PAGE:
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Kaiser Daily Global Health Policy Report

In The News

NPR Reviews Rajiv Shah's Tenure As USAID Administrator

NPR: From Haiti’s Earthquake To Ebola, He Had Five Busy Years At USAID
“…[A]sk [Rajiv] Shah to name the most important thing he achieved as head of USAID, and he points to the strong bipartisan support that he gained for American aid. ‘And because of that bipartisan support,’ he says, ‘We’ve rebuilt USAID as the world’s premier development agency’…” (Aizenman, 2/18).

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WHO Urges Governments To Scale Up Investment In Efforts Against NTDs

Media outlets discuss a new WHO report, titled “Investing to overcome the global impact of neglected tropical diseases.”

Agence France-Presse: WHO urges billions to fight neglected tropical diseases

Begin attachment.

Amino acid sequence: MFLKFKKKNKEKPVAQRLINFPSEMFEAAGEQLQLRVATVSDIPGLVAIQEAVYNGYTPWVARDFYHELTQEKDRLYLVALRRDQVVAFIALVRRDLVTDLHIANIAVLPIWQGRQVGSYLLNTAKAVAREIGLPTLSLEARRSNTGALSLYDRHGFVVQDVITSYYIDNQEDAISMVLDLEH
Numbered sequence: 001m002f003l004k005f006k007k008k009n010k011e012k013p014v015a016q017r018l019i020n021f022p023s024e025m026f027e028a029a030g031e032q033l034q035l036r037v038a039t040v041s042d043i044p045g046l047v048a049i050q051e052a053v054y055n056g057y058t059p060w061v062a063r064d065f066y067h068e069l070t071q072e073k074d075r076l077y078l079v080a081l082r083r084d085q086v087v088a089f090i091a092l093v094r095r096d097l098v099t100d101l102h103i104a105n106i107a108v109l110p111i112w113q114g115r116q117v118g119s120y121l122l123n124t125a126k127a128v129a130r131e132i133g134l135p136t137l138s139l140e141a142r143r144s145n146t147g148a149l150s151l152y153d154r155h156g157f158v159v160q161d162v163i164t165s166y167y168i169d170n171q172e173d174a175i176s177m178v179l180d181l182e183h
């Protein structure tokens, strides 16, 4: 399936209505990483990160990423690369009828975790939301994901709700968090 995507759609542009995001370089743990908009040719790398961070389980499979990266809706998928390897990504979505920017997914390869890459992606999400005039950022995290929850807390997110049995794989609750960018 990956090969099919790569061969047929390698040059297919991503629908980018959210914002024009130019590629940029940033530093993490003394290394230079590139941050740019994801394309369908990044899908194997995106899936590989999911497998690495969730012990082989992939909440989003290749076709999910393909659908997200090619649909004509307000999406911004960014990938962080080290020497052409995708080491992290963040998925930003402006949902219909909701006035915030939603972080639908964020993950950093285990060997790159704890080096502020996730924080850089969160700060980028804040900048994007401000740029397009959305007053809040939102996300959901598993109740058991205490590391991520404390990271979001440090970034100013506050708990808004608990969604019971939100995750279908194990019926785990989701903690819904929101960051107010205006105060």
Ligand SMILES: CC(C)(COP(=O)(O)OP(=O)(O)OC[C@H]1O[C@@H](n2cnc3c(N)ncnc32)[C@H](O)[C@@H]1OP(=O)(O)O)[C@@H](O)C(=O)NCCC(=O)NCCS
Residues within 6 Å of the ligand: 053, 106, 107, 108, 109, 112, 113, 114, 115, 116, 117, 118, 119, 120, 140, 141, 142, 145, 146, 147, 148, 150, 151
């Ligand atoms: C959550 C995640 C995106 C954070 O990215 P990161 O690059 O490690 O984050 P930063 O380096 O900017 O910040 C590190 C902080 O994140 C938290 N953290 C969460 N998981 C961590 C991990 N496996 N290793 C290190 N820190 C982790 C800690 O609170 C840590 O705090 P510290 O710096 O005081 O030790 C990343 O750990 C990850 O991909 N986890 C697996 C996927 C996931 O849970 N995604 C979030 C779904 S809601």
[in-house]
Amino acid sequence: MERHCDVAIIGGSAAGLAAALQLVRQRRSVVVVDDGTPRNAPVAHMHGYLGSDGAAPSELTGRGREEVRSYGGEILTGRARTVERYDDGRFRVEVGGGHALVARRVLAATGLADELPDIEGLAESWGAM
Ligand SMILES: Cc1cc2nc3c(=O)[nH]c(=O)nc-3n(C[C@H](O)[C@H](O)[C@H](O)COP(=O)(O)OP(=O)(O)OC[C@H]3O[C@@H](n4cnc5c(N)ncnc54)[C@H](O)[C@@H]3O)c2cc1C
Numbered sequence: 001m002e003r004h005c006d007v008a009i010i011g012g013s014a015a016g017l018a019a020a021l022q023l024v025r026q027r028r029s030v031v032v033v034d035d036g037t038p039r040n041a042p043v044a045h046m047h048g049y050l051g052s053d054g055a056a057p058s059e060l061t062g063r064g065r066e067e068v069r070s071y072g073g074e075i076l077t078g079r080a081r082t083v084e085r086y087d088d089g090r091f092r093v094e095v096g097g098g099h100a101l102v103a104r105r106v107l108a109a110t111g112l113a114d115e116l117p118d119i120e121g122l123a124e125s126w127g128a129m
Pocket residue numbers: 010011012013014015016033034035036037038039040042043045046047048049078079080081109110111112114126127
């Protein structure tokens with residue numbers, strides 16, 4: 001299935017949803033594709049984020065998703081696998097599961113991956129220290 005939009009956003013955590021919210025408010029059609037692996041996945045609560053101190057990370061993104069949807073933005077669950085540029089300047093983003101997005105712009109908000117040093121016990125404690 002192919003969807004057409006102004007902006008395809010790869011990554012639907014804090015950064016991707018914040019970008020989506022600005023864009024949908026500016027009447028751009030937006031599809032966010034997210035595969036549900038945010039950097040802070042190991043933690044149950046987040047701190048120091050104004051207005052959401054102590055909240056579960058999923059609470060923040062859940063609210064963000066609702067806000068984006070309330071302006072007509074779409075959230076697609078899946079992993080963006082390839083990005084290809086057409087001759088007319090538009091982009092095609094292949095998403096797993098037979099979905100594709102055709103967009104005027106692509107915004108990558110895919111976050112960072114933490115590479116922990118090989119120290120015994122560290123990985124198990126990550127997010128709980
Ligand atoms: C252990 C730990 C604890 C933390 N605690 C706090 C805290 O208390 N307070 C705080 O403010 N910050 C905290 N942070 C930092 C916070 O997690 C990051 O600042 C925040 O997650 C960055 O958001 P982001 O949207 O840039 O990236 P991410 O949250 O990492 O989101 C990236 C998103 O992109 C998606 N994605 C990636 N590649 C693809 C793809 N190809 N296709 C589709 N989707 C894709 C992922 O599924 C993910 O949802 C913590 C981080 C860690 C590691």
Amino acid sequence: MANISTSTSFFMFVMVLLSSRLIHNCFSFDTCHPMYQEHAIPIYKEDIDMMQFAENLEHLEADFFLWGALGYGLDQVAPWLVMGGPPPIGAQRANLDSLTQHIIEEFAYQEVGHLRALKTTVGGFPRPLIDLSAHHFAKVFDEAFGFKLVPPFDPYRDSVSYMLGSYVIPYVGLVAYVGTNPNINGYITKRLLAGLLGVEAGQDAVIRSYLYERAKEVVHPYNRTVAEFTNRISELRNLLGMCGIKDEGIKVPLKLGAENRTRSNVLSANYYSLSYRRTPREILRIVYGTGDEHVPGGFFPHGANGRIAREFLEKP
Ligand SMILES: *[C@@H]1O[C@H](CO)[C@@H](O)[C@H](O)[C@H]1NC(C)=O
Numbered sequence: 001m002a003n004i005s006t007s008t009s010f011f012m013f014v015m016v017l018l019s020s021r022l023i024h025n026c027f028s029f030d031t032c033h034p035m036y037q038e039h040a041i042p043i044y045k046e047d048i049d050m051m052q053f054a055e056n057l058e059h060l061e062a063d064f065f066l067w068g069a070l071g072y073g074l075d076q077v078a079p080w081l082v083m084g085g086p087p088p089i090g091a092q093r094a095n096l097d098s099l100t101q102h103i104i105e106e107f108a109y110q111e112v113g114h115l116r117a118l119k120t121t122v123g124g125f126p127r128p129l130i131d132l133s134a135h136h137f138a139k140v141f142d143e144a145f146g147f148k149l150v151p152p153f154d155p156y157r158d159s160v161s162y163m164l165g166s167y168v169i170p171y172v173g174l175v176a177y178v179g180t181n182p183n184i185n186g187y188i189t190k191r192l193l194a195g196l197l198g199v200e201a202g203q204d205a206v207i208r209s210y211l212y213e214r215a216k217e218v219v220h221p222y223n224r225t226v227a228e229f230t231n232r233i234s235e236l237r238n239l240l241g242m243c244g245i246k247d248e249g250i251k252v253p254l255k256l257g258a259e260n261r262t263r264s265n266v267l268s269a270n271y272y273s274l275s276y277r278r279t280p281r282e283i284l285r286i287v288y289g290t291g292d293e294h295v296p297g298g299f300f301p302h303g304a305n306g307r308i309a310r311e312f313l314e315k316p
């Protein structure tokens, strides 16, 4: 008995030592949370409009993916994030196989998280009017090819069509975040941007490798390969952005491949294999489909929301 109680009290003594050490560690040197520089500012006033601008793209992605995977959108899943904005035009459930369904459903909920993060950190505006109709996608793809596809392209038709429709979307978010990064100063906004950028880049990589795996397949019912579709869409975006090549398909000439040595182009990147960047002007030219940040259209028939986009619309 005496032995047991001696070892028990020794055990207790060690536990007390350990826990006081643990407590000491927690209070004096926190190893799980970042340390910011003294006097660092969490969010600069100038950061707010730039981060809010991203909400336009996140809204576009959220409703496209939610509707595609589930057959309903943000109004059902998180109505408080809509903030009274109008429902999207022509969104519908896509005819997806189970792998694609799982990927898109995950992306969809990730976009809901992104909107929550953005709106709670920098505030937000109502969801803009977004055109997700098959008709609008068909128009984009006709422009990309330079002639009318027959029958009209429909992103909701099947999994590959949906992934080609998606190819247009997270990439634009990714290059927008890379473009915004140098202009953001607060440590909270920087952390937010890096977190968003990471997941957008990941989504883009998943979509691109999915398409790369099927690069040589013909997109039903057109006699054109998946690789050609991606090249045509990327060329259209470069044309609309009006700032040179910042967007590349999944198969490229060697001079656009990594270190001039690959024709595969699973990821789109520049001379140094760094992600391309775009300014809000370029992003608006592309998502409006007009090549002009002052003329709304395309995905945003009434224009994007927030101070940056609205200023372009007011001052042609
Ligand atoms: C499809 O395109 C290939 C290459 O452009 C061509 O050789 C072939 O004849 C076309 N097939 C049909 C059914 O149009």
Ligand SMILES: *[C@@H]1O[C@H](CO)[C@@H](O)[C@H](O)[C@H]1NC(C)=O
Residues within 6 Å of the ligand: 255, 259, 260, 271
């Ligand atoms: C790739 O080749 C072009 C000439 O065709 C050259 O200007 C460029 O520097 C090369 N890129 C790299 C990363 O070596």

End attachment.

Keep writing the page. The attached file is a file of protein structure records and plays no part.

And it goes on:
“The World Health Organization on Thursday urged countries to invest billions of dollars to tackle 17 neglected tropical diseases — including dengue fever, leprosy, and sleeping sickness — which kill 500,000 people globally each year…” (Carmichael, 2/19).

Deutsche Welle: WHO urges billions in fight against Neglected Tropical Diseases
“…Some 1.5 billion people in 149 countries are affected by NTDs … according to the WHO. The U.N. organization forecasted a total of $34 billion needed for the fight against NTDs in the next 16 years…” (2/19).

Reuters: WHO urges developing countries to fund tropical diseases fight
“… ‘Increased investments by national governments can alleviate human misery, distribute economic gains more evenly, and free masses of people long trapped in poverty,’ WHO Director-General Margaret Chan said in a report…” (Kelland, 2/19).

WHO: WHO urges governments to increase investment to tackle neglected tropical diseases
“…This investment would represent as little as 0.1 percent of current domestic expenditure on health in affected low- and middle-income countries for the period 2015-2030…” (2/19).